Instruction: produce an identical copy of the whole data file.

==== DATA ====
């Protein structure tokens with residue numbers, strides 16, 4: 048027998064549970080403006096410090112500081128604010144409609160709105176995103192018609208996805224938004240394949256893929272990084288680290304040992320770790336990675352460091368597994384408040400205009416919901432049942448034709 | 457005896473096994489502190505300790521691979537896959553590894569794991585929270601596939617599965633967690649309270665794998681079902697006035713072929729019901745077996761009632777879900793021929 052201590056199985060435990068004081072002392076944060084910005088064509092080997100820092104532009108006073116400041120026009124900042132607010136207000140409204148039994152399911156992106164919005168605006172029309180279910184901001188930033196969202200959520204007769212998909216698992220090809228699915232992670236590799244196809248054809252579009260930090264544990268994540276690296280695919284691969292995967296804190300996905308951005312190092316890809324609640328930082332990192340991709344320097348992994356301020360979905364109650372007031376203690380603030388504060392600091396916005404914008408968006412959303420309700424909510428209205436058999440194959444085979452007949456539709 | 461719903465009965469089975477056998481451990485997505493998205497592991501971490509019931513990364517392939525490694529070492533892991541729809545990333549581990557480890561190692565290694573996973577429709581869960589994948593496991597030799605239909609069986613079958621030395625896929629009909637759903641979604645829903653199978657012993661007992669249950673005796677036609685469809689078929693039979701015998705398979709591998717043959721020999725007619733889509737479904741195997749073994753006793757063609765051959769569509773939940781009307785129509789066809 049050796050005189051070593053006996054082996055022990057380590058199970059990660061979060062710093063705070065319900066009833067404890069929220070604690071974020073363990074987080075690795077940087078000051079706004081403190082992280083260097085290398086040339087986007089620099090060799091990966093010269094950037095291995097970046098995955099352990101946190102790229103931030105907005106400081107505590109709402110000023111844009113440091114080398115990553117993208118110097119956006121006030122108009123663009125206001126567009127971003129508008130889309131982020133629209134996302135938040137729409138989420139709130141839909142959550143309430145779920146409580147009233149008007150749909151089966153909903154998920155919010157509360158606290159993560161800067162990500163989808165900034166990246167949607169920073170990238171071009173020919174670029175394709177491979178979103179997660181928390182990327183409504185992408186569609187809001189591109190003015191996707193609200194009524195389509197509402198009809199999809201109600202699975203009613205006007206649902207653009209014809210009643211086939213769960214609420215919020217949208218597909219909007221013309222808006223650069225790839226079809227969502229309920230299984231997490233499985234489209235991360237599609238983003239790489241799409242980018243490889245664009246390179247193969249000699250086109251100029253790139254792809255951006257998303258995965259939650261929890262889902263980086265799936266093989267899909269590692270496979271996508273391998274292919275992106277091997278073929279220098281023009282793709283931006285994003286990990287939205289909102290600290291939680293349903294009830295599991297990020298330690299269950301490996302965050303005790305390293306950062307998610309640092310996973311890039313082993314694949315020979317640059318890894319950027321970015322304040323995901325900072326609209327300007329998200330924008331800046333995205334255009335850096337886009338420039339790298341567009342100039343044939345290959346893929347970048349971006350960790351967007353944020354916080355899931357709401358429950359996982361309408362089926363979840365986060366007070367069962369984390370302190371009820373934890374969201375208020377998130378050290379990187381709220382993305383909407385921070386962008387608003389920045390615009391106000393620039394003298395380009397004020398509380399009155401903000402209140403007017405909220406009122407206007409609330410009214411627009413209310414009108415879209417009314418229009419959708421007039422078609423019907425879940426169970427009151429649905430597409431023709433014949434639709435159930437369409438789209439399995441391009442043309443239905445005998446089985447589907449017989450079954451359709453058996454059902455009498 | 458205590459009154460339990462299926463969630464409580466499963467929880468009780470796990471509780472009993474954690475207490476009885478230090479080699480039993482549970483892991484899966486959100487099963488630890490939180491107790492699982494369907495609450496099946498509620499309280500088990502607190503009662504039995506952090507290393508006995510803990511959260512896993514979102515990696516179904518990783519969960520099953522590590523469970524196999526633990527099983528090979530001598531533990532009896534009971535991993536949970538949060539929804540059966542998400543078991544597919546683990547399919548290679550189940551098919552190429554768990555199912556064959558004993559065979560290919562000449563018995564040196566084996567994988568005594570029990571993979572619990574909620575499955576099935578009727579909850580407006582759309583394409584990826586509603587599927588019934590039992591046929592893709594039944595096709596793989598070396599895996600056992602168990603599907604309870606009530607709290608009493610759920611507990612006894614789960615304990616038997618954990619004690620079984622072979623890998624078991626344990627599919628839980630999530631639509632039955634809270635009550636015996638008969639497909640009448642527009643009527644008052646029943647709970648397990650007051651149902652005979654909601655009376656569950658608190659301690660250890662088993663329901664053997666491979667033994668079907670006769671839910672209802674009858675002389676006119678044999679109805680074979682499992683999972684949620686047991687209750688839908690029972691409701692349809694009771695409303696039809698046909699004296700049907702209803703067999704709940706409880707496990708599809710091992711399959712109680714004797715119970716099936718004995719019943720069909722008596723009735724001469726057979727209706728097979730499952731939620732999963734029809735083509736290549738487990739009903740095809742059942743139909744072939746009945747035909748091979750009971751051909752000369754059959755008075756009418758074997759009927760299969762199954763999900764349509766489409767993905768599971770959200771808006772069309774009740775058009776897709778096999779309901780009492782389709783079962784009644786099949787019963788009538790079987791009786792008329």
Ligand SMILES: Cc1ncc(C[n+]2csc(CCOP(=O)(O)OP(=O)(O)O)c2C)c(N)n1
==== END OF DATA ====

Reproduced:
């Protein structure tokens with residue numbers, strides 16, 4: 048027998064549970080403006096410090112500081128604010144409609160709105176995103192018609208996805224938004240394949256893929272990084288680290304040992320770790336990675352460091368597994384408040400205009416919901432049942448034709 | 457005896473096994489502190505300790521691979537896959553590894569794991585929270601596939617599965633967690649309270665794998681079902697006035713072929729019901745077996761009632777879900793021929 052201590056199985060435990068004081072002392076944060084910005088064509092080997100820092104532009108006073116400041120026009124900042132607010136207000140409204148039994152399911156992106164919005168605006172029309180279910184901001188930033196969202200959520204007769212998909216698992220090809228699915232992670236590799244196809248054809252579009260930090264544990268994540276690296280695919284691969292995967296804190300996905308951005312190092316890809324609640328930082332990192340991709344320097348992994356301020360979905364109650372007031376203690380603030388504060392600091396916005404914008408968006412959303420309700424909510428209205436058999440194959444085979452007949456539709 | 461719903465009965469089975477056998481451990485997505493998205497592991501971490509019931513990364517392939525490694529070492533892991541729809545990333549581990557480890561190692565290694573996973577429709581869960589994948593496991597030799605239909609069986613079958621030395625896929629009909637759903641979604645829903653199978657012993661007992669249950673005796677036609685469809689078929693039979701015998705398979709591998717043959721020999725007619733889509737479904741195997749073994753006793757063609765051959769569509773939940781009307785129509789066809 049050796050005189051070593053006996054082996055022990057380590058199970059990660061979060062710093063705070065319900066009833067404890069929220070604690071974020073363990074987080075690795077940087078000051079706004081403190082992280083260097085290398086040339087986007089620099090060799091990966093010269094950037095291995097970046098995955099352990101946190102790229103931030105907005106400081107505590109709402110000023111844009113440091114080398115990553117993208118110097119956006121006030122108009123663009125206001126567009127971003129508008130889309131982020133629209134996302135938040137729409138989420139709130141839909142959550143309430145779920146409580147009233149008007150749909151089966153909903154998920155919010157509360158606290159993560161800067162990500163989808165900034166990246167949607169920073170990238171071009173020919174670029175394709177491979178979103179997660181928390182990327183409504185992408186569609187809001189591109190003015191996707193609200194009524195389509197509402198009809199999809201109600202699975203009613205006007206649902207653009209014809210009643211086939213769960214609420215919020217949208218597909219909007221013309222808006223650069225790839226079809227969502229309920230299984231997490233499985234489209235991360237599609238983003239790489241799409242980018243490889245664009246390179247193969249000699250086109251100029253790139254792809255951006257998303258995965259939650261929890262889902263980086265799936266093989267899909269590692270496979271996508273391998274292919275992106277091997278073929279220098281023009282793709283931006285994003286990990287939205289909102290600290291939680293349903294009830295599991297990020298330690299269950301490996302965050303005790305390293306950062307998610309640092310996973311890039313082993314694949315020979317640059318890894319950027321970015322304040323995901325900072326609209327300007329998200330924008331800046333995205334255009335850096337886009338420039339790298341567009342100039343044939345290959346893929347970048349971006350960790351967007353944020354916080355899931357709401358429950359996982361309408362089926363979840365986060366007070367069962369984390370302190371009820373934890374969201375208020377998130378050290379990187381709220382993305383909407385921070386962008387608003389920045390615009391106000393620039394003298395380009397004020398509380399009155401903000402209140403007017405909220406009122407206007409609330410009214411627009413209310414009108415879209417009314418229009419959708421007039422078609423019907425879940426169970427009151429649905430597409431023709433014949434639709435159930437369409438789209439399995441391009442043309443239905445005998446089985447589907449017989450079954451359709453058996454059902455009498 | 458205590459009154460339990462299926463969630464409580466499963467929880468009780470796990471509780472009993474954690475207490476009885478230090479080699480039993482549970483892991484899966486959100487099963488630890490939180491107790492699982494369907495609450496099946498509620499309280500088990502607190503009662504039995506952090507290393508006995510803990511959260512896993514979102515990696516179904518990783519969960520099953522590590523469970524196999526633990527099983528090979530001598531533990532009896534009971535991993536949970538949060539929804540059966542998400543078991544597919546683990547399919548290679550189940551098919552190429554768990555199912556064959558004993559065979560290919562000449563018995564040196566084996567994988568005594570029990571993979572619990574909620575499955576099935578009727579909850580407006582759309583394409584990826586509603587599927588019934590039992591046929592893709594039944595096709596793989598070396599895996600056992602168990603599907604309870606009530607709290608009493610759920611507990612006894614789960615304990616038997618954990619004690620079984622072979623890998624078991626344990627599919628839980630999530631639509632039955634809270635009550636015996638008969639497909640009448642527009643009527644008052646029943647709970648397990650007051651149902652005979654909601655009376656569950658608190659301690660250890662088993663329901664053997666491979667033994668079907670006769671839910672209802674009858675002389676006119678044999679109805680074979682499992683999972684949620686047991687209750688839908690029972691409701692349809694009771695409303696039809698046909699004296700049907702209803703067999704709940706409880707496990708599809710091992711399959712109680714004797715119970716099936718004995719019943720069909722008596723009735724001469726057979727209706728097979730499952731939620732999963734029809735083509736290549738487990739009903740095809742059942743139909744072939746009945747035909748091979750009971751051909752000369754059959755008075756009418758074997759009927760299969762199954763999900764349509766489409767993905768599971770959200771808006772069309774009740775058009776897709778096999779309901780009492782389709783079962784009644786099949787019963788009538790079987791009786792008329």
Ligand SMILES: Cc1ncc(C[n+]2csc(CCOP(=O)(O)OP(=O)(O)O)c2C)c(N)n1